Yesterday I made my final trip to see my hairdresser here, which from past experience has always been an epic trip that takes up the better part of an afternoon. (As my cousin points out, I am lucky to have a job where I can take a half day during the week to get my hair done…!)

Lisbon is technically a small city, but it somehow takes an amazingly long time to get around it. So while my hairdresser is actually not that far from where we live distance wise, it’s always a trek. She works about equidistant from three different metro stops, all of which are at least 20 minutes’ walk away. In hopes of finding a way to shave off a little bit of the commute time, I’ve never gone the same way twice. While none of them have actually proven any faster than the others, my attempts have provided me with great entertainment. (Remember the railroad bridge the first time I went? Yeah.)

This time, I decided to take the bus. For Gabe and I, the bus is the Lisboan final frontier. We’ve gone all year without ever really making use of the excellent bus system here, instead relying on the metro and foot to get us where we’re going. But necessity, also known as 85 degree heat, is the mother of invention, so I decided that any method involving more than 10 minutes of walking was not for me.

That left me with the bus, which conveniently ran from just outside Gabe’s uni (where I went to have lunch) to about two blocks away from my hairdresser’s. I was skeptical of my ability to A) catch the right bus and B) get off at the right stop, but since sweat was already running down my face after the short walk down to the bus stop, I decided to stick it out.

One thing we’ve discovered about the Portuguese is that they simply love to help. Whatever it is you’re trying to do, they will always relish the chance to advise you on the best way of doing it. If you’re looking for the best way to cook your bacalhau, they will not only tell you that, but also the best place to buy it, what side dishes they prefer, and what dessert to serve. If you’re going to your grandmother’s house with a stop for bread along the way, they will tell you the fastest route, the best bakery, where to pick up some flowers for dear granny, and the best coffee shop just in case you get tired along the way. Of course if there’s more than one person contributing to the discussion, they can never agree on any of these things, but that’s all right — they also love debating.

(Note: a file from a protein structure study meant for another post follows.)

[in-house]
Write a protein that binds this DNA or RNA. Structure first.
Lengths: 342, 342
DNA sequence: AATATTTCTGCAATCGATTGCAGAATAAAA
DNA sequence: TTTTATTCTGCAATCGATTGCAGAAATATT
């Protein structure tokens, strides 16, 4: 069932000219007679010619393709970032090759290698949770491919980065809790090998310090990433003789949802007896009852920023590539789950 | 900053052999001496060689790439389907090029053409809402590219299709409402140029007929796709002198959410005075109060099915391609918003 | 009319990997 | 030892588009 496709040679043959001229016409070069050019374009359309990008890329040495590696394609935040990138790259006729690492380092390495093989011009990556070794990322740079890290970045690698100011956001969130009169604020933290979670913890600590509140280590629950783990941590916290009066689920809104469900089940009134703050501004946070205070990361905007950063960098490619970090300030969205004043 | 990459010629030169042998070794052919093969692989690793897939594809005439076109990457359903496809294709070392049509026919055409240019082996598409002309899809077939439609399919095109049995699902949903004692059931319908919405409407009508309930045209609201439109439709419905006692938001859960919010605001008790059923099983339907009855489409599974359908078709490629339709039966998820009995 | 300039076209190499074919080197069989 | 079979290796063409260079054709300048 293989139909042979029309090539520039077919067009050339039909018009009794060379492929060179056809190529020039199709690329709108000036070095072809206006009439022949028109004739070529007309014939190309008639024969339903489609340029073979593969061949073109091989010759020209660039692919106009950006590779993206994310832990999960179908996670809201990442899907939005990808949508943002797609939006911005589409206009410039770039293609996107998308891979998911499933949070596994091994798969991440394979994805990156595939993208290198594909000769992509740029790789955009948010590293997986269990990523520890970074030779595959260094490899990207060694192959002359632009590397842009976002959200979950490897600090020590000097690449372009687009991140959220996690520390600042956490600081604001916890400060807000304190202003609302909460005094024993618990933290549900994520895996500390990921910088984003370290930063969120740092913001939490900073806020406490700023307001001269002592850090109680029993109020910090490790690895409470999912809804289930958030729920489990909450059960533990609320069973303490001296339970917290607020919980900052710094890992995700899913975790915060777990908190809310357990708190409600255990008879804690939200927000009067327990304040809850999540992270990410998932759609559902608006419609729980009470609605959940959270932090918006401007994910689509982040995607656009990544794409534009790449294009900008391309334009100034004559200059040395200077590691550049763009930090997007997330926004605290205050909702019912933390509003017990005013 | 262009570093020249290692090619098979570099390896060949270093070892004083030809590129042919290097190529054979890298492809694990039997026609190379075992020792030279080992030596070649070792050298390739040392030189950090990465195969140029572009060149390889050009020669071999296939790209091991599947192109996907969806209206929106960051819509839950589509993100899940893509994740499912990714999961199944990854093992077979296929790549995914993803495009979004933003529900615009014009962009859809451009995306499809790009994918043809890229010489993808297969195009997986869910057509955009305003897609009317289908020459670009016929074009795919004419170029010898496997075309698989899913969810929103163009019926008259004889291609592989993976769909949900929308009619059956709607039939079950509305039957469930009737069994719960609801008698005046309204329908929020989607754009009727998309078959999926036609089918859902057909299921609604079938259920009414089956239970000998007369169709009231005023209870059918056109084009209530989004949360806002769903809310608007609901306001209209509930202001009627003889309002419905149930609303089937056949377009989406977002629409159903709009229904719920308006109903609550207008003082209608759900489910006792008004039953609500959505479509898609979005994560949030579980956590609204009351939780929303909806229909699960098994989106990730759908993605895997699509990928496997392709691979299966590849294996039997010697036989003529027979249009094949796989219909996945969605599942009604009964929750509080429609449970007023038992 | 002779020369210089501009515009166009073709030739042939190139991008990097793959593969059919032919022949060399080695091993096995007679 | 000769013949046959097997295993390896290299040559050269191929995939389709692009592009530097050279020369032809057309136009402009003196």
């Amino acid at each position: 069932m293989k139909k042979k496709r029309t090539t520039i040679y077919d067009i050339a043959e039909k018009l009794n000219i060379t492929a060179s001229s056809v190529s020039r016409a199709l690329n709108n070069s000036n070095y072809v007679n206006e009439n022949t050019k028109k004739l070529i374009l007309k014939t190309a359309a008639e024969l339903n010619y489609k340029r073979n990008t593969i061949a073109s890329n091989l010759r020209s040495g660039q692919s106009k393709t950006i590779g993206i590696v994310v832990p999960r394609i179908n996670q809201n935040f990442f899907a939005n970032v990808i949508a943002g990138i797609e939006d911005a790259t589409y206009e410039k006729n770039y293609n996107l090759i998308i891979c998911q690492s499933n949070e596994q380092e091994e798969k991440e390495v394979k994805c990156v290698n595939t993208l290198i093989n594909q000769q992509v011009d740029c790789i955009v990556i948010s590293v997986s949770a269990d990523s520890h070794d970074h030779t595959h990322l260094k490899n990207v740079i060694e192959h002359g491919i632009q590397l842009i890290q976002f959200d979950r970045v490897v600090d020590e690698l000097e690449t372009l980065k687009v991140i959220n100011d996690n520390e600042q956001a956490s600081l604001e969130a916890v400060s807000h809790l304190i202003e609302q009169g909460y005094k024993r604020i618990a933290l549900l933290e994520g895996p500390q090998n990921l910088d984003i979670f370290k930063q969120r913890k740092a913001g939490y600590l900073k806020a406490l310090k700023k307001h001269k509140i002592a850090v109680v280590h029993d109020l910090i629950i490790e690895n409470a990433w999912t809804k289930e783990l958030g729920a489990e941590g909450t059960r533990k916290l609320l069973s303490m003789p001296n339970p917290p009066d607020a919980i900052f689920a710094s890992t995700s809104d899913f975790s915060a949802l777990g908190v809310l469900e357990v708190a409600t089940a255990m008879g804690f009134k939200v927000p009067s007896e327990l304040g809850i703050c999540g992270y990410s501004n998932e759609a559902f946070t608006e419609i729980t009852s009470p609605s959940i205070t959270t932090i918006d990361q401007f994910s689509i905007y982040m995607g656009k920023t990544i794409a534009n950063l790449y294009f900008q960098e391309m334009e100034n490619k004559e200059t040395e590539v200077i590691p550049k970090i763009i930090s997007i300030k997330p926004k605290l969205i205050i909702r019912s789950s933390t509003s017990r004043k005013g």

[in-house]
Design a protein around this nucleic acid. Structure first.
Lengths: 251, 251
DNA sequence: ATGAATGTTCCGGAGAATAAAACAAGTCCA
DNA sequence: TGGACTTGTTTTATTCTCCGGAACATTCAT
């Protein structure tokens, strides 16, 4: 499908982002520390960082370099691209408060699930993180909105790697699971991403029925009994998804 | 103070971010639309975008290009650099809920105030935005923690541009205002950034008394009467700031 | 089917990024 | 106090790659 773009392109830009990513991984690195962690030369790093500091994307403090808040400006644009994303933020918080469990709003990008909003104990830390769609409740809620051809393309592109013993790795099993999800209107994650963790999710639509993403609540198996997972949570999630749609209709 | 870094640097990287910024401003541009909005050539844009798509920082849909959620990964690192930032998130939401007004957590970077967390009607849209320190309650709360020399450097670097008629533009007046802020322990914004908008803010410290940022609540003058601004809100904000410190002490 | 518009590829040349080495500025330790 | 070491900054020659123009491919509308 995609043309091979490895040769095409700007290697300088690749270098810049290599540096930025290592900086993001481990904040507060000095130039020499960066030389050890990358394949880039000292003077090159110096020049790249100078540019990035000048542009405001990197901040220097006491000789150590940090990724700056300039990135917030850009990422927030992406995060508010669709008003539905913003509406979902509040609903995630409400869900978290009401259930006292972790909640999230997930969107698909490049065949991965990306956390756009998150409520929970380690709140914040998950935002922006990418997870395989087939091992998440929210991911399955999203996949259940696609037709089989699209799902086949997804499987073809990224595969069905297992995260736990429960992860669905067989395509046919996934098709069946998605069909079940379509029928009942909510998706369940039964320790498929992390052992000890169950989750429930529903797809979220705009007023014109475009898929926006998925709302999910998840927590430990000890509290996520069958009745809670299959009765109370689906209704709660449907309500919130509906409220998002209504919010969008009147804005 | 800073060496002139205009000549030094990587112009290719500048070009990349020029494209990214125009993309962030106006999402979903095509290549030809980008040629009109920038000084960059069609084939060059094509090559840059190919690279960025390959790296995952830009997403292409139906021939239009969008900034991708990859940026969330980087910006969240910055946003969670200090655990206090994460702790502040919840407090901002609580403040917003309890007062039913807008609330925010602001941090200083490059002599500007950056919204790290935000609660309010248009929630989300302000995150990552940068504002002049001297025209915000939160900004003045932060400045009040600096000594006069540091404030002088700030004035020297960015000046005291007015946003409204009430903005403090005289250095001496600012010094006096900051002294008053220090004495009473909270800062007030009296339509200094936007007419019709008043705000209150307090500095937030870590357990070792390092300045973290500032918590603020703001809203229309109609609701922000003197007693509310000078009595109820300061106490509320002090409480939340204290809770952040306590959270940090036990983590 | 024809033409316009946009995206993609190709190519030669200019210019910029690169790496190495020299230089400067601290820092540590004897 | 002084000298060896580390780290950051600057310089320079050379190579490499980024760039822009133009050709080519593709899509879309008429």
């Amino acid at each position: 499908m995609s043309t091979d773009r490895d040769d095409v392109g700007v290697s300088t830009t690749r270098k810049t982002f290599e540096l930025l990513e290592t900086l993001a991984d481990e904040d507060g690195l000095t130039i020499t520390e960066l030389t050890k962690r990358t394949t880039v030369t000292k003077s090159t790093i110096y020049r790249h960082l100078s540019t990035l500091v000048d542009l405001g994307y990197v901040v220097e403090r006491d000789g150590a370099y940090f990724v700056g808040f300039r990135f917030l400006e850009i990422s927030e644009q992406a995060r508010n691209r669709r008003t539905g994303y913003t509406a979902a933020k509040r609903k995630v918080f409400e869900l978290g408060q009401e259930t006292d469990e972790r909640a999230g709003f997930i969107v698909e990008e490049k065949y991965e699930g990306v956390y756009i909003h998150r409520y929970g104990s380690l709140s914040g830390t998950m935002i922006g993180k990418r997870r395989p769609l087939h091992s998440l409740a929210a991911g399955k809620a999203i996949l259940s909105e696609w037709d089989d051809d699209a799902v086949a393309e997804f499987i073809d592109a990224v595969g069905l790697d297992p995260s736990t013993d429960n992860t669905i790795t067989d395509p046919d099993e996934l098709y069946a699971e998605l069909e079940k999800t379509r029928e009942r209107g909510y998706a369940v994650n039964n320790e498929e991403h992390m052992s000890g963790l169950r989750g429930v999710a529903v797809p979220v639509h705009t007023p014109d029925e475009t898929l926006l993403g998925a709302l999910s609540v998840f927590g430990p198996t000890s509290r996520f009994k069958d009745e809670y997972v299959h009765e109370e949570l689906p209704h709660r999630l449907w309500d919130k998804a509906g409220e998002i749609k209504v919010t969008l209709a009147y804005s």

So when I wound up at the bus stop with two Portuguese people, a middle-aged man and an older lady, I was not at all surprised when they started to ply me with instructions. All it took was a single glance at the bus map and they were off, telling me which bus to take, where to get off, which stops each bus passed along the way — and oh, that one goes to the airport, it’s not the one you want, but this one would work. They seemingly knew where each and every bus was going, and provided commentary on the effectiveness and validity of each one’s route.

Unfortunately, despite the fact that I had showed the man where I was going on a map, he still didn’t get where I was trying to go. So he told me to take what I knew was the wrong bus, and continued to insist that I just jump on the next one that came, because they all go to Entrecampos and you can walk from there. No, I can take the metro to Entrecampos and walk from there, thank you, I was trying to avoid that walk.

Since I couldn’t explain all of that, I just smiled and nodded my agreement to each of his suggestions, pretending to think each one over and weigh it in my mind — even though I’d made my mind up which bus I was taking hours before. Eventually he said, “I’m not sure if you’re understanding what I’m saying.” Oh, really? That’s perceptive of you!

So I sheepishly admitted that I was American, which shocked both of my would-be helpers, who agreed after much discussion that they had both thought I was Spanish. Spanish! I was overjoyed. After living here for nearly a year, I can finally pass myself off as being vaguely Iberian instead of the obvious English speaker that I really am. Huge success!

I did reach my destination in the end, although as usual I got off too early for fear I would miss my stop. But it was still less walking than if I had taken the metro, and my haircut was also a huge success, which made the whole trip worth it.

My new love affair with the bus system did not withstand the ride home, however. I was thrilled to discover that the same bus line ran from where I’d gotten off all the way back down to Avenida, near where we live. Woohoo! Perfect. Why hadn’t I done this before? I soon realized the reason: rush hour traffic. It took me an hour to get home, and that was after I hopped out of the bus where it had been sitting at a stop light for ten minutes and walked the rest of the way home. Sigh.

Oh well, at least I can say that I conquered the bus system, and was given the ultimate compliment of being mistaken for a Spaniard! All that plus a great haircut — a good day indeed. (Needless to say, a 4 hour round trip from door to door meant I didn’t get anything else done with my day yesterday, but that’s entirely beside the point.)

Haircuts will be so mundane from here on out.